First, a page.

Rahul Sharma (Editor)

Mizocz Ghetto

Updated on
Share on FacebookTweet on TwitterShare on LinkedInShare on Reddit
Also known as  Mizoch Ghetto
Ghetto  1,700 population
Year  14 October 1942
Perpetrators  Einsatzkommando
Date dissolved  October 1942
Mizocz Ghetto
Location  Near Równe in eastern Poland, now Rivne in western Ukraine.
Incident type  Imprisonment without due process, forced labor, mass shootings
Organizations  Einsatzgruppen, Ordnungspolizei, Ukrainian Auxiliary Police

The Mizocz Ghetto (German: Misotsch) was a World War II ghetto set up in occupied Poland by Nazi Germany for the forcible separation and mistreatment of Polish Jews. Before the Nazi-Soviet invasion of 1939 the town of Mizocz was located in the Zdołbunów county of the Wołyń Voivodeship in the Second Polish Republic. Mizocz (now Mizoch, Ukraine) is situated some 18 miles (29 km) east of Dubno, which was the County seat.


Jews settled in Mizocz (Yiddish: מיזאָטש) in the 18th century. In 1897, the total population of the town was 2,662 with 1,175 Jews owning factories for felt, oil and sugar production, as well as the flour mill and saw mills. Some Jews emigrated during World War I. According to national census of 1921 in the newly reborn Poland there were 845 Jews in Mizocz, most of them identifying with the Turzysk Hasidism. Their numbers grew as the Polish economy improved. It was an urban community between world wars like many others in eastern Poland, inhabited by Jews and Poles along with members of other minorities including Ukrainian. There was a military school in Mizocz for the officer cadets of the Battalion 11 of the Polish Army's First Brigade; the Karwicki Palace (built in 1790, partly destroyed by the Bolsheviks in 1917), Hotel Barmocha Fuksa, a Catholic and an Orthodox church, and a Synagogue. The nearest major city was Równo.

Controlled by the Red Army since September 1939, Mizocz was overrun by the Wehrmacht in the course of the 1941 German attack on the Soviet positions in eastern Poland. Some 300 Jews escaped with the retreating Russians.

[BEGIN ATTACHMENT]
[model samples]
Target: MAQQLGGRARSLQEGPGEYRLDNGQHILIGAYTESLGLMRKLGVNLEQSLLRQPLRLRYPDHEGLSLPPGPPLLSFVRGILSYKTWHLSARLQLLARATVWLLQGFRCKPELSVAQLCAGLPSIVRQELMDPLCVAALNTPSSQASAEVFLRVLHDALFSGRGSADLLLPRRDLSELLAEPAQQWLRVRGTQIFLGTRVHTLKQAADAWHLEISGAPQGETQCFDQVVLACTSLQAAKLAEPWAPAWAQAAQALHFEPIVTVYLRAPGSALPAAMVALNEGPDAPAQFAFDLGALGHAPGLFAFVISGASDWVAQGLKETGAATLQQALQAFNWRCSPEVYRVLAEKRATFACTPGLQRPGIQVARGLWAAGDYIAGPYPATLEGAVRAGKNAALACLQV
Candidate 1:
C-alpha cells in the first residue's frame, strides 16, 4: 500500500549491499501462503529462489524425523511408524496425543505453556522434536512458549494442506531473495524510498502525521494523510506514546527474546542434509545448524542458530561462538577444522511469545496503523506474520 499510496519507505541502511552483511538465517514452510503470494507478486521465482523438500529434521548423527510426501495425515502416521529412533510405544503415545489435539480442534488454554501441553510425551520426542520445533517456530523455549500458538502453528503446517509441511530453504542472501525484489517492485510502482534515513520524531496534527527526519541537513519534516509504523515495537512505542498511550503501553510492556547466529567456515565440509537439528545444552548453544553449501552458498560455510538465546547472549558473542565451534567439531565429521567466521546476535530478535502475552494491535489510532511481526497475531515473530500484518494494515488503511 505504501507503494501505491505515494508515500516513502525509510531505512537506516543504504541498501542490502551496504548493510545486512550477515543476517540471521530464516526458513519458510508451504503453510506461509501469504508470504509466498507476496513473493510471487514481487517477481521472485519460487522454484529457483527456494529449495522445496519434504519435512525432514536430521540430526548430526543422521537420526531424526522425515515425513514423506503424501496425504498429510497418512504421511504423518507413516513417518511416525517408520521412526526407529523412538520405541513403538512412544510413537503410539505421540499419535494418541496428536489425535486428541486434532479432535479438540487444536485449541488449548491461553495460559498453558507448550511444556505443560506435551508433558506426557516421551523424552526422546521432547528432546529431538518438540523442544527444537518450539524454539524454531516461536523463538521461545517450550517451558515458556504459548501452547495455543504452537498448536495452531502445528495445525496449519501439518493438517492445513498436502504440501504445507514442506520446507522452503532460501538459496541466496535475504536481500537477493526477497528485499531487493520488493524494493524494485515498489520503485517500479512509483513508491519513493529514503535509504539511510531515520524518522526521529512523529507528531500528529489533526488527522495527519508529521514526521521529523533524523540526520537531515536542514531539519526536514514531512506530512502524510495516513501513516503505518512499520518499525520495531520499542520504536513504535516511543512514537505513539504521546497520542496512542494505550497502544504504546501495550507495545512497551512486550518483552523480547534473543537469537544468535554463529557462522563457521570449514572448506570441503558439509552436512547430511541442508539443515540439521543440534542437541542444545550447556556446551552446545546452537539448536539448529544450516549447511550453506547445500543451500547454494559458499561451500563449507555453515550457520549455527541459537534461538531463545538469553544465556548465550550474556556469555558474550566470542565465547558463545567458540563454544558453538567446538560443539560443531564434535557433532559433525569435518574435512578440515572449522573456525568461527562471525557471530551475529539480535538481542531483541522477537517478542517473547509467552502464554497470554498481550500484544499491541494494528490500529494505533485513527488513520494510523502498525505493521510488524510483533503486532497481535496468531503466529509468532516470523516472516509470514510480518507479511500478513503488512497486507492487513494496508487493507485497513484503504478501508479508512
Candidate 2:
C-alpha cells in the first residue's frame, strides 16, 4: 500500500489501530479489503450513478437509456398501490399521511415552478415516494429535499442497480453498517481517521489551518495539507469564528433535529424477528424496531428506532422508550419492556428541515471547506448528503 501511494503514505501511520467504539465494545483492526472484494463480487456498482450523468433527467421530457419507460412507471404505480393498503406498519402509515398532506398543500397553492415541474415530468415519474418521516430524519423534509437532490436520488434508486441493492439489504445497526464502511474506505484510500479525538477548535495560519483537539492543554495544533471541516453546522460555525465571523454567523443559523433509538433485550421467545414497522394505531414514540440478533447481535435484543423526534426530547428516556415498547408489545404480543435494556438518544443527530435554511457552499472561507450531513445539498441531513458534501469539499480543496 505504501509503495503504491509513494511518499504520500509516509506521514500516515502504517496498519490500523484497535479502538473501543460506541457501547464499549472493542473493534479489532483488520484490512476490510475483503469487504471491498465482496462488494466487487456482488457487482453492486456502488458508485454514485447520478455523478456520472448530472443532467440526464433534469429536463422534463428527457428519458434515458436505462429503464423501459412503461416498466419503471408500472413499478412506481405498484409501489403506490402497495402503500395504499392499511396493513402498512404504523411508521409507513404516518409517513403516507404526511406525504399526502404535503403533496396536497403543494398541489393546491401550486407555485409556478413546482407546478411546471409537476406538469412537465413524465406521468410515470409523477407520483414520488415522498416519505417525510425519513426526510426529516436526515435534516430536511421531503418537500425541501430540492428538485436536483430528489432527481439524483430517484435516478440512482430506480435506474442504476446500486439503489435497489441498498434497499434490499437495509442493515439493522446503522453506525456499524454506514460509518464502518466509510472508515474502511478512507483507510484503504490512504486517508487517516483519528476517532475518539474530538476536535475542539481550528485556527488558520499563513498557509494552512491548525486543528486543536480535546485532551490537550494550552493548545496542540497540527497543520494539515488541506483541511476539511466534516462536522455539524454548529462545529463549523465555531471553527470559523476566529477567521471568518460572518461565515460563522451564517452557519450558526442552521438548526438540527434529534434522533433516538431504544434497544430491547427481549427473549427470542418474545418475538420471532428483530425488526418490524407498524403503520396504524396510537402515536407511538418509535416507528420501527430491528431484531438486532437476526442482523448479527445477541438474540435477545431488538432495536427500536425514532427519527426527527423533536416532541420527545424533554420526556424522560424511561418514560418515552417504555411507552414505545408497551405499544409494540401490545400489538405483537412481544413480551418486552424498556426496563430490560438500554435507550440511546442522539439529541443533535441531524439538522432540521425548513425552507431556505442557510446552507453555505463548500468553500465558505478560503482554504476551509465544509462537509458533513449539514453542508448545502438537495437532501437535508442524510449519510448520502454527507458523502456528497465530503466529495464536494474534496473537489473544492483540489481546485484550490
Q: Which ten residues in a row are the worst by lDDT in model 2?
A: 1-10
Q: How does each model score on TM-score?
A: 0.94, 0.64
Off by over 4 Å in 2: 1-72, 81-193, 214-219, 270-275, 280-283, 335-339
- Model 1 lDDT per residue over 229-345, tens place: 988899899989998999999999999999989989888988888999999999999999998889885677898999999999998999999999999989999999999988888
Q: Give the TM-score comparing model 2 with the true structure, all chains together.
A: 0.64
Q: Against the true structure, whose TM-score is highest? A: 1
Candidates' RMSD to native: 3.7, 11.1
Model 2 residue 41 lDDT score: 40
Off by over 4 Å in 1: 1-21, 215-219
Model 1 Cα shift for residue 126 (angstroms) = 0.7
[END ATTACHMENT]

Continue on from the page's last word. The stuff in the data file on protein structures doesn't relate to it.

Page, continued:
Uprising and mass killings

On October 12, 1942, the closed-off Ghetto of about 1,700 Jewish people was surrounded by Ukrainian auxiliaries and German policemen in preparation for the ghetto liquidation action and the pacification of its Jewish occupants. The Jews fought back in an uprising which may have lasted as long as two days. About half the residents were able to flee or hide during the confusion before the uprising was finally put down. On October 14, the captured survivors were transported in lorries to a secluded ravine and shot one by one.


The shootings were photographed. The images owned by SS-Unterscharführer Schäfer until 1945 became part of the Ludwigsburg investigation (ZSt. II 204 AR 1218/70). They were published, and have become well known. Frequently the photographs are erroneously said to depict other Holocaust shootings.

Two of the photographs show the "Aktion" in progress. The photographs give clear evidence of the execution practice common during the Holocaust by bullet in Reichskommissariat Ukraine. The victims were led to the killing place in groups of around five or so individuals, and forced to lie down among the prior victims, to be shot in the back of the neck or head, with a single bullet. Historians have commented upon the brutality shown in the Mizocz mass murder photographs:

In 1942 at Mizocz, in the region of Rovno in Ukraine, approximately 1,700 Jews were executed. The photographs show large numbers of people being herded into a ravine, women and children undressing, a line of naked women and children in a queue and finally their executed bodies. Two particular harrowing photographs show German police standing among heaps of naked corpses of women strewn on either side of the ravine.

The killings did not stop there. Mizocz was the site of the OUN-UPA massacre of about 100 Poles by Ukrainian nationalists in late August 1943. Some 60 percent of the homes were set on fire and burned. Among the victims was Ukrainian carpenter Mr Zachmacz and his entire family, murdered along with the Poles because he refused to enter the fray. His eight-year-old son survived hiding with the Poles.

Following World War II, at the insistence of Joseph Stalin during Tehran Conference confirmed (as not negotiable) at the Yalta Conference of 1945, Poland's borders were redrawn and Mizocz – then again, Mizoch (Cyrillic: Мизоч) – was incorporated into the Ukrainian SSR of the Soviet Union. The remaining Polish population was expelled and resettled back to new Poland by the NKVD before the end of 1946. The Jewish community was never restored. The USSR officially ceased to exist on 31 December 1991.


Mizocz Ghetto Wikipedia

Similar Topics
Permanent Vacation (1980 film)
Steve Barcia
Włodzimierz Ptak